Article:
China’s Cities

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The Law of Unintended Consequences
CHINA new cities
Sim Chi Yin for The New York Times
Dissatisfaction and Dysfunction in a Model for China’s Urbanization: As China pushes ahead with government-led urbanization, Huaming might be an example of another transformation: the ghettoization of China’s new towns.

New China Cities: Shoddy Homes, Broken Hope
Three years ago, the Shanghai World Expo featured this newly built town as a model for how China would move from being a land of farms to a land of cities. In a dazzling pavilion visited by more than a million people, visitors learned how farmers were being given a new life through a fair-and-square deal that did not cost them anything.
Today, Huaming may be an example of another transformation: the ghettoization of China’s new towns.
Signs of social dysfunction abound. Young people, who while away their days in Internet cafes or pool halls, say that only a small fraction of them have jobs. The elderly are forced to take menial work to make ends meet. Neighborhood and family structures have been damaged.
Most worrying are the suicides, which local residents say have become an all-too-familiar sign of despair.
As China pushes ahead with government-led urbanization, a program expected to be endorsed at a Communist Party Central Committee meeting that began Saturday, many worry that the scores of new housing developments here may face the same plight as postwar housing projects in Western countries. Meant to solve one problem, they may be creating a new set of troubles that could plague Chinese cities for generations.
… Huaming is far from being a dangerous slum. It has no gangs, drug use or street violence. Nearly half the town is given over to green space. Trees line the streets that lead to elementary, middle and high schools.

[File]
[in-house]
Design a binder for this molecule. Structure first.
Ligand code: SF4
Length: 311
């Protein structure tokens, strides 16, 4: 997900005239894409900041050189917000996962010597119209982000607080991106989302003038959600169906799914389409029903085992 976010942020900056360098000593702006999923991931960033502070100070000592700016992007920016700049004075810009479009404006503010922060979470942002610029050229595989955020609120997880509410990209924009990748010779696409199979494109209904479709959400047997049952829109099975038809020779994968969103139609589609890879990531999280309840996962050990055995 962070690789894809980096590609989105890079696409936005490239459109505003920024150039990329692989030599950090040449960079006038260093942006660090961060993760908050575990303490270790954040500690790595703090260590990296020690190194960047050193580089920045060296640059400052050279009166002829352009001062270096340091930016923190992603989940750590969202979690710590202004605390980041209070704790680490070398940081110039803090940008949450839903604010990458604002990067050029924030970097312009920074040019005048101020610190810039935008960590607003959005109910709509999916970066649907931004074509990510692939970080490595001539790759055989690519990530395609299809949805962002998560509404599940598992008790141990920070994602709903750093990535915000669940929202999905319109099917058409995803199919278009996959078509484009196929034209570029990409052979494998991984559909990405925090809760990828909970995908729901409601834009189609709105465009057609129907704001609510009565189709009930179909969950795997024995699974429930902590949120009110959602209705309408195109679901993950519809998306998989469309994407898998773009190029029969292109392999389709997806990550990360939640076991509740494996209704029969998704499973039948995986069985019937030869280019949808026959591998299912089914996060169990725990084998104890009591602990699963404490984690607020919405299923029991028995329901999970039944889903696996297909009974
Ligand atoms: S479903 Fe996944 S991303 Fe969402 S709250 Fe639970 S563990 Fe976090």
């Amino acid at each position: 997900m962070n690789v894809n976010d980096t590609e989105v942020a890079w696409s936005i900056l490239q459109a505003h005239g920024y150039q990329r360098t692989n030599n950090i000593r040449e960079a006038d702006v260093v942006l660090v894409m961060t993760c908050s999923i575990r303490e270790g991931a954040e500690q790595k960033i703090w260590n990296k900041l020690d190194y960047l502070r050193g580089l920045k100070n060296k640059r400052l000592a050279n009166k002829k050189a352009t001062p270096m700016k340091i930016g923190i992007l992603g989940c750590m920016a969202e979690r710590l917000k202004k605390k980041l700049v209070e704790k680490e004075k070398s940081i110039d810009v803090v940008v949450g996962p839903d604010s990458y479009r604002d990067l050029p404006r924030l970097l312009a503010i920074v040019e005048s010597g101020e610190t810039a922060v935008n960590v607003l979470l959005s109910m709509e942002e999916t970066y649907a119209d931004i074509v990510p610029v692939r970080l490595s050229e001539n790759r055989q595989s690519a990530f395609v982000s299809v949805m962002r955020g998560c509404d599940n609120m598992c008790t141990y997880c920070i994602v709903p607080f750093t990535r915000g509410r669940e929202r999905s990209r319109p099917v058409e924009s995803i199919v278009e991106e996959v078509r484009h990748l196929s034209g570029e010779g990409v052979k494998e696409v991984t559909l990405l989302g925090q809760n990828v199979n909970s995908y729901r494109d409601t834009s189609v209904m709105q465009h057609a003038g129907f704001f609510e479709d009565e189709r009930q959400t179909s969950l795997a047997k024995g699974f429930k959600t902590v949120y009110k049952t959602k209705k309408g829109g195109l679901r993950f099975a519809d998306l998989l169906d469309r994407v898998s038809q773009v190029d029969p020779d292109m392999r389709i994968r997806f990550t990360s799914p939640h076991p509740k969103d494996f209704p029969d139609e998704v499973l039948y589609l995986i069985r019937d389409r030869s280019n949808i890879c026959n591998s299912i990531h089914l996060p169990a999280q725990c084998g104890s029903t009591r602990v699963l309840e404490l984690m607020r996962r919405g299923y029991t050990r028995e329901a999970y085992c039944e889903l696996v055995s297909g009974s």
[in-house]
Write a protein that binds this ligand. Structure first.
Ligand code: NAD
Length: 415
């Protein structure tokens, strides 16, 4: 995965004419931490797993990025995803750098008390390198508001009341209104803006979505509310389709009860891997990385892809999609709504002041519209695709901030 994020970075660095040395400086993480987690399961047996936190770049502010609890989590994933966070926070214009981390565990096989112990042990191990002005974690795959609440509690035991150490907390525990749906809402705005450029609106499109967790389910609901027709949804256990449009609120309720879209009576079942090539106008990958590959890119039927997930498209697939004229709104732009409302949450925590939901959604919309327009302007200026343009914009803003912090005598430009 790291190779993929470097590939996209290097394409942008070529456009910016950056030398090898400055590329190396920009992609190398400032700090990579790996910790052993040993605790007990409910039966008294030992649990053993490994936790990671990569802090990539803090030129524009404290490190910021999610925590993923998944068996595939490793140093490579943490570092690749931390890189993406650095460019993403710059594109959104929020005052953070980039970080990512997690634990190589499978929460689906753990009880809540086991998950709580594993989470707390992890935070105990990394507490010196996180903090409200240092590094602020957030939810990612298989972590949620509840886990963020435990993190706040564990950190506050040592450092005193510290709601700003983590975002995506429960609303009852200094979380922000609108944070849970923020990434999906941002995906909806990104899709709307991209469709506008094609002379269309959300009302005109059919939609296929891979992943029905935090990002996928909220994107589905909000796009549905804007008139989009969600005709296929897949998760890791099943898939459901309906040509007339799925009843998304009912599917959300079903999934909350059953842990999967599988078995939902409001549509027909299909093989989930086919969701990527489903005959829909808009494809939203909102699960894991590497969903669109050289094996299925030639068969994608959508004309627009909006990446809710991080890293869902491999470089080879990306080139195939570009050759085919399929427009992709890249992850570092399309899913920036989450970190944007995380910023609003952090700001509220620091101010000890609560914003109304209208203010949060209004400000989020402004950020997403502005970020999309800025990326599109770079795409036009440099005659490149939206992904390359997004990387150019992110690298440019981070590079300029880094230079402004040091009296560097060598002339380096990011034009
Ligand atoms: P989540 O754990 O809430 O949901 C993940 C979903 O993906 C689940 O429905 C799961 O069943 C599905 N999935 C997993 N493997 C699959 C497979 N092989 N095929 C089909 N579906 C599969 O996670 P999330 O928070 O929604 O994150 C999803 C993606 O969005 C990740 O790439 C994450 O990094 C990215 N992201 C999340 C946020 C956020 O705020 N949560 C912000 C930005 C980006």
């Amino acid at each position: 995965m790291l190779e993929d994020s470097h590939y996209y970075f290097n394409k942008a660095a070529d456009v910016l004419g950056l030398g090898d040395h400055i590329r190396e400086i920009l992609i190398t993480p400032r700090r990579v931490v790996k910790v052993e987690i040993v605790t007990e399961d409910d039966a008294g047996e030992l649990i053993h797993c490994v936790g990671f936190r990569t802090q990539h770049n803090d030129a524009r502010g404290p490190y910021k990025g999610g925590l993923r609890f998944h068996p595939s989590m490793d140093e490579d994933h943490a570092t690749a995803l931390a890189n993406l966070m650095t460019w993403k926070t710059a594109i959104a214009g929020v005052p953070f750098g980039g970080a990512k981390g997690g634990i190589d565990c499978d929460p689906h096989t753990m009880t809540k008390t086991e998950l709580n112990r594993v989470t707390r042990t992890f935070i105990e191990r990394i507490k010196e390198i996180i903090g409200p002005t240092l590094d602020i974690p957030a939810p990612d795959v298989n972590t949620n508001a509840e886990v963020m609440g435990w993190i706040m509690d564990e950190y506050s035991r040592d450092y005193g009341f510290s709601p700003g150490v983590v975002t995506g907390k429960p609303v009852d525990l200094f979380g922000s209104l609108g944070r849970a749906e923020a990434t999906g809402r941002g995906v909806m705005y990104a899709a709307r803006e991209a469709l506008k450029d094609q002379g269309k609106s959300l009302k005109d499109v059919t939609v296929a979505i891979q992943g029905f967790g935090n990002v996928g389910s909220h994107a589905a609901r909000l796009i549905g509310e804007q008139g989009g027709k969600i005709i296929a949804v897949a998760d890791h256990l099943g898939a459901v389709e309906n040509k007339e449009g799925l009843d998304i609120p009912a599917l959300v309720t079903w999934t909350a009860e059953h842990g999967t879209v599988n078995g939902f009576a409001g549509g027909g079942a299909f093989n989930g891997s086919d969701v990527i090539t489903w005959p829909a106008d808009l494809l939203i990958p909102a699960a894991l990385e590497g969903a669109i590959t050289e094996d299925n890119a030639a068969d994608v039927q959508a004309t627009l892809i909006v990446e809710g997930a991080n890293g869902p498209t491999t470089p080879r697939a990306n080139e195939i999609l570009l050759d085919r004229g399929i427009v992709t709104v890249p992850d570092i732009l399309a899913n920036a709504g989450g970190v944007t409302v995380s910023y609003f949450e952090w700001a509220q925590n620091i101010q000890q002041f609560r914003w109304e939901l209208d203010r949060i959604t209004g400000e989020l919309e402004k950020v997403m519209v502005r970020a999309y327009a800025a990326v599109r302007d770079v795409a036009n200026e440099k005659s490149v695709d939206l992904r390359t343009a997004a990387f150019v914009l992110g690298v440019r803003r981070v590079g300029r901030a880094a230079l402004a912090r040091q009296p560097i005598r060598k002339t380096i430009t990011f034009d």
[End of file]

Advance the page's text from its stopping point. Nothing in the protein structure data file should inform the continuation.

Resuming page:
But the new homes have cracked walls, leaking windows and elevators with rusted out floors. For farmers who were asked to surrender their ancestral lands for an apartment, the deterioration adds to a sense of having been cheated.
17 October
China’s Building Cities So Fast, People Don’t Have Time to Move In
With an estimated 700 million of its billion or so residents now residing in urban areas, China has reached an important tipping point in its evolution from an agrarian to industrial economy. But this mass population migration, combined with China’s insistence on central planning and general disdain for Keynesian theory, has resulted in an odd form of growing pain: massive, pre-fab cities built for a populace that doesn’t even exist yet.
China has built more than 500 of these empty cities since the cultural revolution in 1978, with hundreds more set to come online by the end of the decade. The theory behind it is solid; by 2020 one in eight humans will live in a Chinese city, totaling more than one billion people. China’s existing urban infrastructure simply cannot support that kind of population boom.

2012

15 November
China’s Ghost Cities
(CIC|OpenCanada.org) Chinese ghost cities are nothing new. While both Australia’s SBS Dateline and Qatar’s Al Jazeera have previously reported on China’s ghost cities, the story’s importance has not diminished over time. While Ordos is China’s most famous ghost city, there are many others visible from satellite imagery, primarily scattered across China’s central provinces: